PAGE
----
This man has spent his career pulling back the curtain on gay culture's dark underbelly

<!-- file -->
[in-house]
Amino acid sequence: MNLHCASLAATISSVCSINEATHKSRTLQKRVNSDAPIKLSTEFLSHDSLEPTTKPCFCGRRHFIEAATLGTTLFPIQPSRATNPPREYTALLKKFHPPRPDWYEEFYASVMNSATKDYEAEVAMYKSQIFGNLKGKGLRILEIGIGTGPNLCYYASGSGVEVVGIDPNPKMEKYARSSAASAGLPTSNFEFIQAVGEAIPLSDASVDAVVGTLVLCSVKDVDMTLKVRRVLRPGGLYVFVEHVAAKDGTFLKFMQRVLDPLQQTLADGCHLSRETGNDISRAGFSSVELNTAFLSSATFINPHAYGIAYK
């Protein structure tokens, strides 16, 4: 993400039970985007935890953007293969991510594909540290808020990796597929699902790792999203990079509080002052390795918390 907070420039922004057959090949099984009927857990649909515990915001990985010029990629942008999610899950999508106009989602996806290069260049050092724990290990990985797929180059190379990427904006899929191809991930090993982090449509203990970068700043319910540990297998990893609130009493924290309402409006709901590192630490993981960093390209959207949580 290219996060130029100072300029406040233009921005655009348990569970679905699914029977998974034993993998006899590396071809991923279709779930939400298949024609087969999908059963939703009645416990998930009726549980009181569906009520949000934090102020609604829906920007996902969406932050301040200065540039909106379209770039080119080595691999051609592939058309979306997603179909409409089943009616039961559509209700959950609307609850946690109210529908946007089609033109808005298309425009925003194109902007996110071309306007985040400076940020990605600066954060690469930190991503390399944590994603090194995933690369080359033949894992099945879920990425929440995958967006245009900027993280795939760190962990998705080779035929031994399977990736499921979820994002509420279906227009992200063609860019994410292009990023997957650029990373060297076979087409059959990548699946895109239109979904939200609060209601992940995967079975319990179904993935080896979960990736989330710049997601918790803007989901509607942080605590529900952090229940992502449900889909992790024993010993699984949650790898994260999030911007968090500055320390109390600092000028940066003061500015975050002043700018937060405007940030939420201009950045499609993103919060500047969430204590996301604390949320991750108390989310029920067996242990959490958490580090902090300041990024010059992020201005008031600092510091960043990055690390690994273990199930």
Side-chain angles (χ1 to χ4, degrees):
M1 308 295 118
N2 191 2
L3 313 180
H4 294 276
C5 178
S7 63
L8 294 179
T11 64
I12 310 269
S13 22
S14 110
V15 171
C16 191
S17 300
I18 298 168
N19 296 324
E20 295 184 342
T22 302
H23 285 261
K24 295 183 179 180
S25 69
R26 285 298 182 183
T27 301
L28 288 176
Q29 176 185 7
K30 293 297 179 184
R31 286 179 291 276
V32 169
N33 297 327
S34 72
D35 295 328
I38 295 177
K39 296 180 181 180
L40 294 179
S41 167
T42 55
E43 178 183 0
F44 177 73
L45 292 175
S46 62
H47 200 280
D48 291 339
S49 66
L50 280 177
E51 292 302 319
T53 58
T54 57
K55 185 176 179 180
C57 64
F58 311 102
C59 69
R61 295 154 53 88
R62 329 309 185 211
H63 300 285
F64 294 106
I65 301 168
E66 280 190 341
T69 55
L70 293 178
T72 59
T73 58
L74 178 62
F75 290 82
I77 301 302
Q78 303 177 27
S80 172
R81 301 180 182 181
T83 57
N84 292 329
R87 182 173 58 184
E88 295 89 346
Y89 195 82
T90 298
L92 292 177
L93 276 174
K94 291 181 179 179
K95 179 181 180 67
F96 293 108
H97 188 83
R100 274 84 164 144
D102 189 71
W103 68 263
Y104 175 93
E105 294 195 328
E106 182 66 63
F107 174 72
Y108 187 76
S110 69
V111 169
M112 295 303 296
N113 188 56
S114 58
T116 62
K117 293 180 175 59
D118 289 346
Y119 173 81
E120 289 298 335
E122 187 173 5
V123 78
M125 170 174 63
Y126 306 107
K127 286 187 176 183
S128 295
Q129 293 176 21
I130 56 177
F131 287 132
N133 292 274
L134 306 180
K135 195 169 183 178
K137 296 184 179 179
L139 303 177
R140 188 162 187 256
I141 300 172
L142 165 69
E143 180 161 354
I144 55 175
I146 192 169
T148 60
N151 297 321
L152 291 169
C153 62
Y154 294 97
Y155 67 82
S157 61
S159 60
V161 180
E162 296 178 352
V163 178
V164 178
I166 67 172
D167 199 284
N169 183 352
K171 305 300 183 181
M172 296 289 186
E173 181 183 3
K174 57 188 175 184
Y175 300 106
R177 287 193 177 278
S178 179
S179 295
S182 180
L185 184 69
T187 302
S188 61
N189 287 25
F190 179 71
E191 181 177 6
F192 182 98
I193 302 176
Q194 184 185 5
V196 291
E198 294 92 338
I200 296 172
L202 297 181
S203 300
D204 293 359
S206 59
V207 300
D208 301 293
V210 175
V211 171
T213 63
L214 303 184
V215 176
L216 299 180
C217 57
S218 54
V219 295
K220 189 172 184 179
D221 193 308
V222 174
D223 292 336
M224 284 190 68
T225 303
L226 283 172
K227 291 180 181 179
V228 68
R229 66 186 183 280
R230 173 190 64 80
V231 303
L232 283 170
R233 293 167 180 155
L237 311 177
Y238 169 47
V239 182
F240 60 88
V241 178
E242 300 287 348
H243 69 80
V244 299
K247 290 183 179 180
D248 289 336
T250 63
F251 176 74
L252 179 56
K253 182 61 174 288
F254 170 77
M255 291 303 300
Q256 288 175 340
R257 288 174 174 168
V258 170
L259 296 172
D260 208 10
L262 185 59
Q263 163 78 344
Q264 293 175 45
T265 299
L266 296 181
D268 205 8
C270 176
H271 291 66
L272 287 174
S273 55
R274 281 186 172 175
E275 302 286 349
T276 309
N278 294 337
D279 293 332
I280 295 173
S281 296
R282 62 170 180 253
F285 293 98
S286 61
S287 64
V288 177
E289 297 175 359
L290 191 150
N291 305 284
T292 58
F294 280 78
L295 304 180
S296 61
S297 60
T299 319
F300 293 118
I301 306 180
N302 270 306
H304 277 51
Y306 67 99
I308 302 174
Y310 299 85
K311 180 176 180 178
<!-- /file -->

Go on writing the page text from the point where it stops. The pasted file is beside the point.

Something about Gay Pride just didn’t sit right with Matthew Todd. This might sound like a surprising statement coming from the former editor of Attitude and the author of a seminal book about the gay experience, Straight Jacket. But then Matthew is not afraid to turn over that shiny rock and reveal the dark, squirming belly of gay life beneath. The side that so many of us love to gloss over, too busy living our #bestlife. “People say ‘I’m proud!’ while being engaged in self-destructive behaviour,” Matthew explains. “I was very aware when I came out [that I needed] to be proud, but all the while, I, and lots of other people, didn’t seem to be particularly happy or proud.” Matthew was one of many gay men struggling with self-destructive behaviour. He spent years battling alcoholism and depression and dealing with other mental health issues. Then he got clean, began to look after his mind and threw everything he’d learned into his book. Straight Jacket resonated with people who, on the surface appeared to be happy and finally getting everything they wanted in an equal society, but under it all were still hurting from a lifetime spent hiding feelings of shame and finding ways to mask the pain. Having finally won the rights we fought so hard for, are gay people stuck in a loop of not wanting to admit that life isn’t always fabulous? Are we too busy trying to prove to everyone that we have the perfect job, the perfect boyfriend and the perfect body, to admit our mental health is not OK? “Why would we then want to say that there are some issues that we need to talk about when that plays to this agenda that we are all really screwed up?” Matthew explains. The book goes to some dark places to get to the root of the underlying issues gay people face, but it also offers hope and advice, although not necessarily answers. “The answer is not easy because the answer is to change. People don’t need to suffer,” says Matthew. “Sometimes people can become comfortable and almost addicted to feeling bad; I certainly did. I think it’s important to be brave and acknowledge that this isn’t the truth. You can change.” When, under Matthew's editorship, Attitude released its “Issues” issue in 2010, it was the first time the topic of mental health had been covered in such depth in the gay press. “That issue was quite a landmark. Some people aren’t aware of it, but we talk about the mental health of LGBT+ people a lot now, and that wouldn’t have happened without Attitude.” The lead feature, entitled How to be Gay and Happy, was written by Matthew and started a huge discussion around the mental health of gay men, with the magazine receiving more letters about it than for anything before — or since. And having helped set up the first Pride Awards in 2015, it’s thanks to Matthew that Attitude is honouring the other award-winners at this year's Pride Awards. “It’s wonderful to receive this award. There’s no other gay magazine in the world that does this,” he says. You can read more about Matthew's story in Attitude's August issue, available to download and in shops on 20 August.